We have outlined example analyses that could be undertaken to understand these disparities in access, experience, and outcomes – considering both routine care (that care which all people in the general population could receive) and LGBTQ+ specific care (such as gender reassignment procedures or certain sexual health services).

Examples of some analysis which could be undertaken if LGBTQ+ data was readily available and of good quality in NHS datasets:

To improve this situation, the NHS should become more purposeful about enabling healthcare providers to collect this data in a considered way, empowering clinicians to do so easily in their patient interactions

Broadly speaking, NHS care is generally provisioned based off measured need for population demographics and patient cohorts, but it can be difficult to measure the needs of LGBTQ+ people reliably. Having the right data available in healthcare records is therefore essential to addressing matters like LGBTQ+ health inequalities, as these could then be continuously measured in a standardised way, monitored for changes (hopefully improvements) over time, and allow healthcare providers to tailor their offering to these patients’ specific needs where appropriate. The NHS should therefore aspire to accurately collect more LGBTQ+ healthcare data moving forwards.

We’ve also reflected on the nuanced considerations that must be reflected on if LGBTQ+ healthcare data collection is purposefully grown in the future. The NHS should purposefully consider these points and more, to ensure that any actions taken in this space with the best of intentions for LGBTQ+ people do not advertently lead to situations which risk eroding LGBTQ+ people’s trust, from the patient-to-clinician level through to the population-to-health-system level.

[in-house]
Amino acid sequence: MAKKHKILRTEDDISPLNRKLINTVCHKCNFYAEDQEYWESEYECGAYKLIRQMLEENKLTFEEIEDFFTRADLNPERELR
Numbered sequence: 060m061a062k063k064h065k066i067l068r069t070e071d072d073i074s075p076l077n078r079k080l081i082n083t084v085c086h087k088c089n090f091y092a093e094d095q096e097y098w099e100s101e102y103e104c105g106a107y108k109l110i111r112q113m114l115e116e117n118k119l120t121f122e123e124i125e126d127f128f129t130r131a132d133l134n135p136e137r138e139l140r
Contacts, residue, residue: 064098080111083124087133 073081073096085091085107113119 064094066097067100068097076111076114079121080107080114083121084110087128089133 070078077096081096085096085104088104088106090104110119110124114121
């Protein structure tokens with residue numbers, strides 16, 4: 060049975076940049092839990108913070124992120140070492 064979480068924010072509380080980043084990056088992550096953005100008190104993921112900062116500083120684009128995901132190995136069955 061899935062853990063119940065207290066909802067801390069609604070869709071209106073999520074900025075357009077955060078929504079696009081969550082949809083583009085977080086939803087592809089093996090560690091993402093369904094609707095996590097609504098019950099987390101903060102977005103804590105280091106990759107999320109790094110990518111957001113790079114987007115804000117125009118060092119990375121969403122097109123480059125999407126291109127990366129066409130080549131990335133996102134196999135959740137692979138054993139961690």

In reality, this involves providing the right data infrastructure to healthcare provider organisations – such as fields in electronic patient records to record the relevant information – and empowering clinicians to record this information easily, in part by training them on how to practically record the information, and in part by supporting them to know how best to have conversations with patients about their sexuality and gender identity.

Data availability and quality across minority groups, not just LGBTQ+, is important for understanding the implications of intersectionality

Understanding other protected characteristics – such as ethnicity – also plays a role in deepening our understanding of LGBTQ+ patients’ care, as discussed already in relation to gender reassignment procedures. This is because evidence on the social determinants of health shows that intersectionality of identity – such as being gay and from an ethnic minority – can affect your health too. Therefore, ideally data on ethnicity, gender, socioeconomic status, disabilities, and more would also be fully available to enable greater insights from analysis in the future.

Seeking more food for thought?

If you want to learn more about the experiences of LGBT patients and staff in healthcare, read our 2021 thought leadership report
LGBT equity in health and care”.